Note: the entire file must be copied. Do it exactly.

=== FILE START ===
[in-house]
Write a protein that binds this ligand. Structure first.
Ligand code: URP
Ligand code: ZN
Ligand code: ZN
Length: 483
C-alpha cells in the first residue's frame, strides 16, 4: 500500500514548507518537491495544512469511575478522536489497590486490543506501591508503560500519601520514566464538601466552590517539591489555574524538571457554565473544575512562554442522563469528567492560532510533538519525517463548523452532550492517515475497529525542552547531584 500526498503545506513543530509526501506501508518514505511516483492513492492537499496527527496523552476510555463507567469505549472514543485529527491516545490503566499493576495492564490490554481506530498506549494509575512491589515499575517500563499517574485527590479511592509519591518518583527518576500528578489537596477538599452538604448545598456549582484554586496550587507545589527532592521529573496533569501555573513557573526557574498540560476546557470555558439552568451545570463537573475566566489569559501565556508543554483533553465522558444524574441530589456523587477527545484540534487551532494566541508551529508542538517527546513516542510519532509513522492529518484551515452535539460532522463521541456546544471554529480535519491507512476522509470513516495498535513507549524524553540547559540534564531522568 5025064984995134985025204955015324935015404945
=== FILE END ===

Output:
[in-house]
Write a protein that binds this ligand. Structure first.
Ligand code: URP
Ligand code: ZN
Ligand code: ZN
Length: 483
C-alpha cells in the first residue's frame, strides 16, 4: 500500500514548507518537491495544512469511575478522536489497590486490543506501591508503560500519601520514566464538601466552590517539591489555574524538571457554565473544575512562554442522563469528567492560532510533538519525517463548523452532550492517515475497529525542552547531584 500526498503545506513543530509526501506501508518514505511516483492513492492537499496527527496523552476510555463507567469505549472514543485529527491516545490503566499493576495492564490490554481506530498506549494509575512491589515499575517500563499517574485527590479511592509519591518518583527518576500528578489537596477538599452538604448545598456549582484554586496550587507545589527532592521529573496533569501555573513557573526557574498540560476546557470555558439552568451545570463537573475566566489569559501565556508543554483533553465522558444524574441530589456523587477527545484540534487551532494566541508551529508542538517527546513516542510519532509513522492529518484551515452535539460532522463521541456546544471554529480535519491507512476522509470513516495498535513507549524524553540547559540534564531522568 5025064984995134985025204955015324935015404945